16
May
play
Last Updated: August 23rd, 2012

Two weeks ago, Google announced a series of expansions to carrier billing options for Play Store Apps, Movies, Books, and Music on various carriers. While some changes went into effect immediately, Sprint, which already allowed direct billing for apps, was one carrier that was listed as "coming soon."

As of today, all three additional options are available to Sprint customers: books, music, and movies. Not surprisingly, carrier billing is the default option since it's by far the cheapest to carriers and Google as they get to bypass credit card fees.

01
Nov
20110224233315!Android_Market

Update: Looks like MachineWorks listened -- Duke Nukem 3D is now ad-free.

Earlier today, a somewhat anticipated game went live in the Android Market - Duke Nukem 3D. We covered the release and the news that it was on the way. But reviews of the app on the Market are painting a picture of a less than satisfied customer base, because of a couple key pieces of information that Machineworks Northwest left out of the app description.

13
Apr
sprint-logo

Well, seems like Google wasn't lying when they said they would continue to work on providing carrier billing as a payment option in the Android Market, announcing the addition of the feature to Sprint handsets, alongside T-Mobile and AT&T. With three out of four major US carriers down, will carrier billing be coming to Verizon any time soon?

The feature has long been the request of many customers across all carriers, particularly internationally.

29
Mar

"Great news, everyone!" Last week, Google launched the new in-app billing capability of the Android Market into private beta testing, promising a public release this week, if all went well. Apparently, all did go well, as the company today opened this most-exciting feature to everyone. To be fair, iOS users have been enjoying in-app billing in the App Store since 2009, so Google's move is quite a bit late (don't make me bring up the whole copy-paste thing to balance the argument!).

24
Mar
in-app-bill-paying-android-600x489

February 2nd was an exciting day for Android fans - we were given an in-depth preview of Honeycomb, laid our eyes on some stunning 3D tablet games, and were even treated to a much-anticipated online version of the Android Market. But 2/2/2011 was also the fateful day that spelled "doom" for lite / demo versions of Android apps, as Google unveiled their new in-app billing system.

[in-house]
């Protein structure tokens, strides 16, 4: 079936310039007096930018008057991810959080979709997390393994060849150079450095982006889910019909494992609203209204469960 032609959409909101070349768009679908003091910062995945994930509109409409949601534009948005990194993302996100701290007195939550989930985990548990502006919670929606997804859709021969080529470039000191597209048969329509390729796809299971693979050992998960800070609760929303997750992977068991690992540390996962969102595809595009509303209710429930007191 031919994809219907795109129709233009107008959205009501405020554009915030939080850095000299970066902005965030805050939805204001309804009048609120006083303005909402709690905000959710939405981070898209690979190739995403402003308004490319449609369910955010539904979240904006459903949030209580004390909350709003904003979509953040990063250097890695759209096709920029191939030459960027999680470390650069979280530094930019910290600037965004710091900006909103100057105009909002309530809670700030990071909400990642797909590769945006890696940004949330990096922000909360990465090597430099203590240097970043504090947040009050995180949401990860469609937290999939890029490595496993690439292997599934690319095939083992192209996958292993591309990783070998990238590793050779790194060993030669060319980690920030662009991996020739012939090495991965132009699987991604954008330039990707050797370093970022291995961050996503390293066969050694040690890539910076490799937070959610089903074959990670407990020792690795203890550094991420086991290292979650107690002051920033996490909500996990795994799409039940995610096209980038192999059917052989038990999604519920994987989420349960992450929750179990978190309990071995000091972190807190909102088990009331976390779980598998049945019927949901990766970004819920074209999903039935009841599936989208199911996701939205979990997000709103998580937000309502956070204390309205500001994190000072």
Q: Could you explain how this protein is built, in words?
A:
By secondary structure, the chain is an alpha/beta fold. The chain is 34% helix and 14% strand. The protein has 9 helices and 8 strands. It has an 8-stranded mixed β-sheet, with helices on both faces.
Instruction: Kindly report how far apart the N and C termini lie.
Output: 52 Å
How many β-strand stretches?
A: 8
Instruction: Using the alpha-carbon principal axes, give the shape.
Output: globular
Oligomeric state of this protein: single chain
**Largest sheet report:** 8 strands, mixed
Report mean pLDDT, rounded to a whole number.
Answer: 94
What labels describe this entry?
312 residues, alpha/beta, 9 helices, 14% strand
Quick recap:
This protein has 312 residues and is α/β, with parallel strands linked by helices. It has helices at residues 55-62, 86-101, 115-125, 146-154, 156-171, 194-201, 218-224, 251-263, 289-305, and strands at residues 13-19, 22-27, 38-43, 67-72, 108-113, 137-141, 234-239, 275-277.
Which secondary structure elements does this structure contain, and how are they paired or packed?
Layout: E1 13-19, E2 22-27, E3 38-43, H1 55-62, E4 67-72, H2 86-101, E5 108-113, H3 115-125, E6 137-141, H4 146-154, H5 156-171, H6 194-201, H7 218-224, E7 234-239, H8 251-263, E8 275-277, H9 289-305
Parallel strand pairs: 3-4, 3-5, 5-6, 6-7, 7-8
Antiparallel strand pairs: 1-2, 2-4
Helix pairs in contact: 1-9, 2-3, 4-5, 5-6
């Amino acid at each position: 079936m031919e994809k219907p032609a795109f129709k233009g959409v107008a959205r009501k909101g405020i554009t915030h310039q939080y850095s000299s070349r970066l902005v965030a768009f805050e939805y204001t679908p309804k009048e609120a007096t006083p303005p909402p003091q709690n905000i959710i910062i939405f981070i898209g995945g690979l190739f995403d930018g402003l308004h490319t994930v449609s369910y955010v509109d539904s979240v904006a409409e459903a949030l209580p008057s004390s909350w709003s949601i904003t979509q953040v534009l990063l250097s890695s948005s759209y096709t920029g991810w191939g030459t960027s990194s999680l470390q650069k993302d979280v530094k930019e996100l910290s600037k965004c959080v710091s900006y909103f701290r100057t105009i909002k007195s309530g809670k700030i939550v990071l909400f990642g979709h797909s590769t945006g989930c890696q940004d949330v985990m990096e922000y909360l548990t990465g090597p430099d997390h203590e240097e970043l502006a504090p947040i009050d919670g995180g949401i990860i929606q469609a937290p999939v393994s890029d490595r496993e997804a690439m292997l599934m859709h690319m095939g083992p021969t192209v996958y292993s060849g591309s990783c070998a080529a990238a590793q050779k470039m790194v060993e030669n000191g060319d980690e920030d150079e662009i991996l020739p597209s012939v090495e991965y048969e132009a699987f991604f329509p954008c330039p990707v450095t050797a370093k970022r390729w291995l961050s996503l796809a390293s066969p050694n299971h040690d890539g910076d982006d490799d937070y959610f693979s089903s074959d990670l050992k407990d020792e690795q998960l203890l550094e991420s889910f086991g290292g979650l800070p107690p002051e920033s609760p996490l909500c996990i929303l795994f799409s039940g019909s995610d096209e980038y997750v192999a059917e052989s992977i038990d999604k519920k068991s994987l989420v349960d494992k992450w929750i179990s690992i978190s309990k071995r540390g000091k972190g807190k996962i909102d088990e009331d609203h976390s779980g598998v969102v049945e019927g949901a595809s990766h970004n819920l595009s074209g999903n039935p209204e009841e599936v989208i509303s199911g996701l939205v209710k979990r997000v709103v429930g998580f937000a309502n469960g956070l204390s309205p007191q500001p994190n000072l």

Today, Google made another announcement regarding in-app purchases: the feature will launch publicly next week.

22
Dec
alt

That's right, carrier billing is now available for some Android users on the least Android-friendly wireless carrier in the US. Huzzah. I guess I shouldn't be so cynical - I am an AT&T customer, after all. Unfortunately, I also run CyanogenMod 6 on my AT&T Nexus One, and have not yet received any Market update to allow me to use carrier billing, and doubt I will until an official Gingerbread build coaxes me off my custom ROM goodness.

13
Sep
verizon_wireless_sucks

  

Well, Verizon is up to their old tricks again. Last time they did something worthy of a head-scratch was just a short time ago, when they forced Bing onto the Fascinate and abandoned the built-in Google bits and pieces for search.

Now they've decided that, in addition to Google Maps, Google Search, and Google Voice Search not being necessary, the Android MARKET is insufficient. Introducing the Vcast App Store!

26
Jul
Android_Market

In a short post on the Android developers blog, Googler Tim Bray let word out that the Android Market’s Developer Distribution Agreement had been updated in a significant way:

Posted by Tim Bray on 23 July 2010 at 5:24 PM

Please note that we have updated the Android Market Developer Distribution Agreement (DDA). This is in preparation for some work we’re doing on introducing new payment options, which we think developers will like.

02
Jun
zong-android-billing

As a developer myself, one issue with the Android market has always been the payment methods…or rather, the lack thereof. Aside from Google Checkout and carrier billing for some companies within the US, there really aren’t a whole lot of options to consider, especially when dealing with the Android Market Developer Distribution Agreement.

Well, as with all things in the world of technology, a company seems to have found a bit of a loophole in regards to carrier billing for developers, or more specifically, integrating it into their applications and games.